This is the seventh installment of our series "Fact-checking around the world," which highlights organizations fighting against misinformation worldwide. You can read the rest of the series here.
Over the past year, efforts to weed out fake news have boomed. In 2016, during the peace agreement talks between the government and The Revolutionary Armed Forces of Colombia (FARC), Consejo de Redacción (CdR), a journalist association that promotes investigative journalism in Colombia, launched the first online fact-checking media organization in the country devoted to verifying public discourse.
Modeled off Chequeado, an Argentinian nonprofit fact-checking organization, Colombiacheck — initially funded by the Open Society Foundation — started an uphill battle against the spread of fake news on social media before the referendum on the peace agreements.
In the fall of 2016, Colombians voted against the peace agreement with FARC rebels by a margin of less than one-half of one percent. After the astonishing referendum result, a prominent politician admitted to deliberately misleading the public with “distorted messages” on social media ahead of one of the vote.
That was a starting point for Colombiacheck, and they began to think about a strategy to reduce the proliferation of fake news. “We believe, as well as the academics, that the [referendum] results were due to the huge amount of fake news,” says Dora Montero, an investigative journalist and co-founder of Colombiacheck. “The referendum was the first call to get an overview on misinformation and create a strategy, which we are still working on.”
After this first phase, Colombiacheck worked on verifying public speech during the presidential election campaign and now they will be focusing on the regional elections. They hope to create more alerts when fake news is shared, and to inform citizens on how to recognize fake or misleading information on social media. They also want to conduct in-depth research.
Since its creation, Colombiacheck set up a solid methodology that is similar to Chequeado but they have adopted certain details that change regionally. As part of the International Fact-Checking Network (IFCN), they are certified and follow the network’s code principles.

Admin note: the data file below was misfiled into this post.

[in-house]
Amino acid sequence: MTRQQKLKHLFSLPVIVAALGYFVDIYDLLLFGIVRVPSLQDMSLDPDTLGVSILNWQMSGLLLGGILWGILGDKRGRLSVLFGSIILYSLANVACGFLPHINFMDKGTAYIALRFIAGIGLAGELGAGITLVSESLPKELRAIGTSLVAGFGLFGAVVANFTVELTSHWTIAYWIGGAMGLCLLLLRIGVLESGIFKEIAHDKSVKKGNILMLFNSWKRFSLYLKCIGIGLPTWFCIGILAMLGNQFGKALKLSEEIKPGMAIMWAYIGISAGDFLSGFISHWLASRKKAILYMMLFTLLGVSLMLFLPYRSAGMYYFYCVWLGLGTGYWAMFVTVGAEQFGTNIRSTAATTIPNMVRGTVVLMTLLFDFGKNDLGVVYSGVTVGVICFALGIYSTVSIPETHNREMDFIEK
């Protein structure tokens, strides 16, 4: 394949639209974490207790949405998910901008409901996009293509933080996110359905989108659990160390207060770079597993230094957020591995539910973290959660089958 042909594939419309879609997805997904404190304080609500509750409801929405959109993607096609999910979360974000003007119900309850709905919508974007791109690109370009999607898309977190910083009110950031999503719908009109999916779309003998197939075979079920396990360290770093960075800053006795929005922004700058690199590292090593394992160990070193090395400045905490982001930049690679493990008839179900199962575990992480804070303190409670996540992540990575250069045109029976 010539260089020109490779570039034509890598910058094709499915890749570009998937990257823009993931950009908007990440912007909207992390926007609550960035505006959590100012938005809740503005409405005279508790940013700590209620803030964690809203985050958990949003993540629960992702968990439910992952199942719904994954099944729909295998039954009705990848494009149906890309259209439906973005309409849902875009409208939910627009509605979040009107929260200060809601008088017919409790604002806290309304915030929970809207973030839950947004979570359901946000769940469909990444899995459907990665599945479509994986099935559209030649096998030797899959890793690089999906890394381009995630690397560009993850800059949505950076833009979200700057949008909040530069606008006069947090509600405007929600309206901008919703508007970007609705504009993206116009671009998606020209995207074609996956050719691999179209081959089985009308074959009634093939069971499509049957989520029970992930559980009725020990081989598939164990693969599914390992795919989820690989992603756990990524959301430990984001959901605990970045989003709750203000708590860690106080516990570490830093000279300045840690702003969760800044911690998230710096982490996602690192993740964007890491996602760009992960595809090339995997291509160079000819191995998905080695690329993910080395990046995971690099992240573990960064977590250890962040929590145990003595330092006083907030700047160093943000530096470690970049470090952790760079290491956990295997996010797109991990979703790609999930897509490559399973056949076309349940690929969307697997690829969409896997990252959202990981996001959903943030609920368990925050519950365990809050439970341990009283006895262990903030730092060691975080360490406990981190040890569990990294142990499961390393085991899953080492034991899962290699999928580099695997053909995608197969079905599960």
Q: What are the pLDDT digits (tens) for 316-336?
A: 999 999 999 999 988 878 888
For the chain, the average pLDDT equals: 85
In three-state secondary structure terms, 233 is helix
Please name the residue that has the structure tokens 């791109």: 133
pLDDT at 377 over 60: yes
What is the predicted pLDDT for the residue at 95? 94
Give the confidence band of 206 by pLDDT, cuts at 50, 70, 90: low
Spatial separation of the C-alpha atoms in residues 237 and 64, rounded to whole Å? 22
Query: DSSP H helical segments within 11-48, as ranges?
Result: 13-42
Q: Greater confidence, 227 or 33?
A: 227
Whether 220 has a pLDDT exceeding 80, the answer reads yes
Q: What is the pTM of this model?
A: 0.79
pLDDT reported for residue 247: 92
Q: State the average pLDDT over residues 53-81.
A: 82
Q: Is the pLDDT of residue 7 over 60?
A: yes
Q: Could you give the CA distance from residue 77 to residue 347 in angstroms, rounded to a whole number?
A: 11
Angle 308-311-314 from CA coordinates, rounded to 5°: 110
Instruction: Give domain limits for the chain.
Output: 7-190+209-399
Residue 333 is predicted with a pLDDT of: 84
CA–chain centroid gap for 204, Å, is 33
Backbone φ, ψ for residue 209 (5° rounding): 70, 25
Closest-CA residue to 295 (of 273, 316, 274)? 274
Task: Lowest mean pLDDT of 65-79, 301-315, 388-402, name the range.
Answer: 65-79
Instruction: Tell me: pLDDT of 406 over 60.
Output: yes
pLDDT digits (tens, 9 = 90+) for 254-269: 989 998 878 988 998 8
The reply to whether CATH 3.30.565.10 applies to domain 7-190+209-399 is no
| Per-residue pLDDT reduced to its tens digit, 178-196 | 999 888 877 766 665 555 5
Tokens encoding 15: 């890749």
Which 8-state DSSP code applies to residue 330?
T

The team of five journalists and one intern have a strong data analysis method. Miriam Forero, the data editor says, “Colombiacheck has identified that the data analysis component is very strong and very useful for applying the fact-checking methodology, since it gives precision to the verifications.”
Expanding their reach
CdR, which has more than 120 associated journalists around the country, offers training on topics such as fact-checking methodology and verifying information. Last year, they conducted three workshops across the country for local media outlets and will teach three more workshops this year.
Since Colombiacheck is part of the network, they are constantly taking courses to improve their accuracy and data analysis skills, and learning new technological tools. For instance, Twitter Check, which is a database search tool that allows them to track down trending searches.
Despite the efforts, Colombiacheck will not take responsibility for ending the trend of fake news because it is difficult to stop disinformation. Montero says, “If a fake news spread out 10,000 times on social media during one hour, when we publish the fact-checking reports, we won’t reach even the one-third part of the audience that it has already reached.”
This year Colombiacheck collaborated with other media outlets including El Colombiano, La Patria, Semana and Pulzo in order to republish their fact-checking research and gain a larger audience. Also, they provided fact-checking training.
Today Colombiacheck is funded by the National Endowment for Democracy, Deutsche Welle Akademie and Facebook, which recently took a significant role in combating fake news. The social media platform is working with certified fact-checkers to verify information and its veracity on their platforms.
Colombiacheck is one of the 24 fact-checking organizations that works with Facebook to reduce the amount of fake news on the social network. “Now with the agreement with Facebook, we help them to fact-check the information in their search platform,” says Montero. “Then Facebook can report who is publishing fake news and and block them.”
In an effort to reach larger audiences, they are receiving queries posed by their readers.
Forero, says, “Our readers suggest topics or requests to verify information that they get from other media.”After they evaluate the request, they might investigate their readers’ queries and publish the fact-checks online.
Now the challenge is adopting new formats such as automatic search for providing instant fact-check statements as well as being more effective disseminating their work.
“We need to effectively venture into new, innovative formats and use the same channels that are being used to spread fake news [with] clear and convincing language,” says Forero.
But the challenge is not just for Colombiacheck. The spread of misinformation across social networks has posed additional challenges to mainstream media.
According to Montero, having fact-checkers on staff is rare, even at mainstream publications. Except for La Silla Vacía, a media outlet that seeks to debunk fake news on WhatsApp, there are very few editorial teams that include fact-checking practices.
“The media doesn’t have training or knowledge for applying the fact-checking methodology,” says Montero.
Colombiacheck opened up a new chapter for the factual accuracy in public speech in the country. “When we started, we constantly published fact-checking reports but fake news was unstoppable,” says Montero. “Now the capability to suspend media outlets for publishing or sharing fake news on social media will create a new type of check and control [on fake news].”